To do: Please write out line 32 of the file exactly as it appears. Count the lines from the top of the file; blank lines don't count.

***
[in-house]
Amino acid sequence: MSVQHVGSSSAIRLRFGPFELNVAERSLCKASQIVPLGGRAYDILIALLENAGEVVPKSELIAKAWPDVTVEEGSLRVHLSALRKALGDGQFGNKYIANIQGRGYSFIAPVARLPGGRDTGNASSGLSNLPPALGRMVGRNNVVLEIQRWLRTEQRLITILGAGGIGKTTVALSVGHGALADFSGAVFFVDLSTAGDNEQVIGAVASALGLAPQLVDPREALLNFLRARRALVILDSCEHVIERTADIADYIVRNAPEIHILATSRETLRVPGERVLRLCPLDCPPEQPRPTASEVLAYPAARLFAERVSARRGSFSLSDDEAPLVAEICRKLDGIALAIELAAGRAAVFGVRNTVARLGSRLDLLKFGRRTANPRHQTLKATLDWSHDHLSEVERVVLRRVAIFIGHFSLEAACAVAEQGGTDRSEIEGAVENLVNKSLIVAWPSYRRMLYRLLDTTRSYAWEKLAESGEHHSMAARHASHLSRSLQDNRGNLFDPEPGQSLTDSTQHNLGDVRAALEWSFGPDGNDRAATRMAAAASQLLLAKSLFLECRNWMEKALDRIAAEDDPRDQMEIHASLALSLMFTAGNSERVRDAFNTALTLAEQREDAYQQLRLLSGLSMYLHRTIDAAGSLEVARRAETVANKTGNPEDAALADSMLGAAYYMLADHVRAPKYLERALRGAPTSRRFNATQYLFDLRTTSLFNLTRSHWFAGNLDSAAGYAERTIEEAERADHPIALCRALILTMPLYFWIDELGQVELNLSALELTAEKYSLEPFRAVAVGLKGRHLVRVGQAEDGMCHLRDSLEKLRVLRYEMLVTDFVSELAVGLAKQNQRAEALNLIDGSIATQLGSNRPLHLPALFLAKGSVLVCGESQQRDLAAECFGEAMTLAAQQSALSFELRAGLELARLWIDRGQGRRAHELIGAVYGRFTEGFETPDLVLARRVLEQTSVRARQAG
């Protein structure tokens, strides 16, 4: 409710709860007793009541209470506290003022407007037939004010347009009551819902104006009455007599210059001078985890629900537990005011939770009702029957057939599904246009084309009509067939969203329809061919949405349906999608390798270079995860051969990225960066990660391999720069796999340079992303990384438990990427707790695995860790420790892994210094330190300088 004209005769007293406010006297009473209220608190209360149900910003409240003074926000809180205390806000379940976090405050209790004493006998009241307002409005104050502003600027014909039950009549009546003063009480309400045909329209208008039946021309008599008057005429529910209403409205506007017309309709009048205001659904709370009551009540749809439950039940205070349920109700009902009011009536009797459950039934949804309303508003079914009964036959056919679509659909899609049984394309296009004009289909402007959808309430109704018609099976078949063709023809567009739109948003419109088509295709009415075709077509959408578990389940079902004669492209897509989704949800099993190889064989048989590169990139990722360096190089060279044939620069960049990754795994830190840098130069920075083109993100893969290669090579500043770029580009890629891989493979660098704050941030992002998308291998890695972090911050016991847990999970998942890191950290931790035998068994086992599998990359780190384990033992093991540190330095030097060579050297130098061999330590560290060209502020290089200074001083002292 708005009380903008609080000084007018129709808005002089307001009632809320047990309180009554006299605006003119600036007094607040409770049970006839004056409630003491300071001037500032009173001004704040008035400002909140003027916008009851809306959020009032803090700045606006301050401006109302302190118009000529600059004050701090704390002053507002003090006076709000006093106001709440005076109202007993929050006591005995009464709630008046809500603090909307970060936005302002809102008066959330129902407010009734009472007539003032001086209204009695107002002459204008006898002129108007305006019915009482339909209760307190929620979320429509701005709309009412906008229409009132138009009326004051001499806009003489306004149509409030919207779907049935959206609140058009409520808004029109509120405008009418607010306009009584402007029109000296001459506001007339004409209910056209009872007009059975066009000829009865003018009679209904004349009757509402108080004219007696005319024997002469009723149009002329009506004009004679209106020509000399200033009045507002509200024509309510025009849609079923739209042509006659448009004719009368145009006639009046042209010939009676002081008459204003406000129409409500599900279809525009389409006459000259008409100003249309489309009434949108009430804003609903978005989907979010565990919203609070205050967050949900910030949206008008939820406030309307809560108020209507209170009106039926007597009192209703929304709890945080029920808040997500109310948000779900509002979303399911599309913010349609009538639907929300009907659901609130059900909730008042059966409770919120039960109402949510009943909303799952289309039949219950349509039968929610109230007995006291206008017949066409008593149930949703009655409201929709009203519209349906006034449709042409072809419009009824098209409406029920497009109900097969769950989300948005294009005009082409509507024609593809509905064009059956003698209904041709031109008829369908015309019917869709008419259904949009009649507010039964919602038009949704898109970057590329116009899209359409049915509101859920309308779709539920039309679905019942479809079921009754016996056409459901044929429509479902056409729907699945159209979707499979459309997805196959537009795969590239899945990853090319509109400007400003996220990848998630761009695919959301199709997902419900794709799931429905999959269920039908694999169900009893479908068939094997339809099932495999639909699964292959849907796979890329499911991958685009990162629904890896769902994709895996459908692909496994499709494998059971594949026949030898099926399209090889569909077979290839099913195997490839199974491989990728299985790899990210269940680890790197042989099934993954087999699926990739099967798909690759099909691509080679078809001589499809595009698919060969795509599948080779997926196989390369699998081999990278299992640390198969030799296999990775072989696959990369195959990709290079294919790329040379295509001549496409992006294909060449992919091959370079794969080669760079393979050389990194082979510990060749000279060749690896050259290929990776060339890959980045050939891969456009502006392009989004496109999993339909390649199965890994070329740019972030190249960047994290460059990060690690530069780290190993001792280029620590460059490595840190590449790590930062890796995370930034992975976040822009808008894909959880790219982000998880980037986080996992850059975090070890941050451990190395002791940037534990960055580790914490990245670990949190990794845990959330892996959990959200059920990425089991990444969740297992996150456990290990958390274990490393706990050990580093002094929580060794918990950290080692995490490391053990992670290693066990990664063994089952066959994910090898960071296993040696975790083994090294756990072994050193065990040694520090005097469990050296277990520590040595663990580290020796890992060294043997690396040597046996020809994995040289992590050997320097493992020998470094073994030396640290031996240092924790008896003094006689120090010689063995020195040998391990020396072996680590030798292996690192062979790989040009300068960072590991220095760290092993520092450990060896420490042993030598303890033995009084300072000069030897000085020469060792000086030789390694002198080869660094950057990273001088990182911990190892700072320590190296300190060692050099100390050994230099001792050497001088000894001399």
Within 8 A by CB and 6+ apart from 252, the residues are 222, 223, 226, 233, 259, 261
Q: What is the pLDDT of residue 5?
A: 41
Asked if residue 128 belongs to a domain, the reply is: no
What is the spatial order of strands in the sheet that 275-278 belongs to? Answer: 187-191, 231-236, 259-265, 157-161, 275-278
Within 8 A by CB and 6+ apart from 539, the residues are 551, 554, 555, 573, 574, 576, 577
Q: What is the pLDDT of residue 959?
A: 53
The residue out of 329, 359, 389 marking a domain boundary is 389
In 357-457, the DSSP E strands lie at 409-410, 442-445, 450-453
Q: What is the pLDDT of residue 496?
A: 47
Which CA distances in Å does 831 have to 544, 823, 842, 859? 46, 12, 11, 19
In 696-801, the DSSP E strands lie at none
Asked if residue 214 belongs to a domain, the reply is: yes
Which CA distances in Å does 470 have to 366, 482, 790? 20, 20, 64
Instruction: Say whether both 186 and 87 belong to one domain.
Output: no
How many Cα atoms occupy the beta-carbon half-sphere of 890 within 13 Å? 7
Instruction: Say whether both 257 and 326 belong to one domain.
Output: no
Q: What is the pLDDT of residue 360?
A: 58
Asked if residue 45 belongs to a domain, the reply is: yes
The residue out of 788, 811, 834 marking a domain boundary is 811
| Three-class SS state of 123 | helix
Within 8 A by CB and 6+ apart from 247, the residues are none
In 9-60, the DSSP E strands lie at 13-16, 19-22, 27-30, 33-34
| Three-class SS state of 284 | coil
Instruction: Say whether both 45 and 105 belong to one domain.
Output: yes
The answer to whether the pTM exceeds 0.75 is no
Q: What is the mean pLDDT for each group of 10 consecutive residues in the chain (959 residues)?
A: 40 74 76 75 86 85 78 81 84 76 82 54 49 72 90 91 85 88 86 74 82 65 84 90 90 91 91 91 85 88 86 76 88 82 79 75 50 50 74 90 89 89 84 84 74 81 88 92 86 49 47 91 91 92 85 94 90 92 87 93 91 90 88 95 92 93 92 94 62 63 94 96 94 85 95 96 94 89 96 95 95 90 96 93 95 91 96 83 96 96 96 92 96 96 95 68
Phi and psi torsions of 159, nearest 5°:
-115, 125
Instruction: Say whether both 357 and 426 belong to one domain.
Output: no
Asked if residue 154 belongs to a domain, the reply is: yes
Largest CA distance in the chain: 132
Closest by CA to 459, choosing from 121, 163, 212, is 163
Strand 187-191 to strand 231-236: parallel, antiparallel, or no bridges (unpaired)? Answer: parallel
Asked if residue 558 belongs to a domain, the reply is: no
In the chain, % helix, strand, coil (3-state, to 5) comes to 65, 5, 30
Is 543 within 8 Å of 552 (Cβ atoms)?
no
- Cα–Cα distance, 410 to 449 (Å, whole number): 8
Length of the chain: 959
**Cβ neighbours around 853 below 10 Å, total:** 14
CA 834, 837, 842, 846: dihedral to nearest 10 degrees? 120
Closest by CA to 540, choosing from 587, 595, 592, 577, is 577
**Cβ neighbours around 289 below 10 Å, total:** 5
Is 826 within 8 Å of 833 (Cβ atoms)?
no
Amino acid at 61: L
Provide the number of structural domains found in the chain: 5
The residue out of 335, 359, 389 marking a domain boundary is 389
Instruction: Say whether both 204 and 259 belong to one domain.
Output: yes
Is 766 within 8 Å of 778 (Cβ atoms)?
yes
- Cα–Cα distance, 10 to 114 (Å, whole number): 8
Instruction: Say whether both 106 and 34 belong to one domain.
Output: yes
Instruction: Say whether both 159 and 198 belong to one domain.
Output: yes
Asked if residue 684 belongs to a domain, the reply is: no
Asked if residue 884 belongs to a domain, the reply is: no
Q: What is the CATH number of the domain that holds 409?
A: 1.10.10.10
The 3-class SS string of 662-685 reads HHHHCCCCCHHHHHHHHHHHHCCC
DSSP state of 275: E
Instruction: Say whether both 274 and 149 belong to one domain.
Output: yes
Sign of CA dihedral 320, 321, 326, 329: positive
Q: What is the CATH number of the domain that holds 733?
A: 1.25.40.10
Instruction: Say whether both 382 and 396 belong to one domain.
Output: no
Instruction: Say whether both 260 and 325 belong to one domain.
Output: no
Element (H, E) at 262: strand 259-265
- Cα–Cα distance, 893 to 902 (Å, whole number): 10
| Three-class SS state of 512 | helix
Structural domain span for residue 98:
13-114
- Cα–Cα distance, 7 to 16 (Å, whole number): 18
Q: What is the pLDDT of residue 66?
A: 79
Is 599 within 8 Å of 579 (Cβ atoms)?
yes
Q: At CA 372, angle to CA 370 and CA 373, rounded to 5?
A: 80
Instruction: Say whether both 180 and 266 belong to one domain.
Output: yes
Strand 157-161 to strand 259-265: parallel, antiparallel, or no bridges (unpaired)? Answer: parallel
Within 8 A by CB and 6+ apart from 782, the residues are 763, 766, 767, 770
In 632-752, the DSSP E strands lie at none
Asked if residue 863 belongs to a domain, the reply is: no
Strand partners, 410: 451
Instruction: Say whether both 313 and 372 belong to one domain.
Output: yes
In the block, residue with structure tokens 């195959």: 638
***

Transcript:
| Three-class SS state of 284 | coil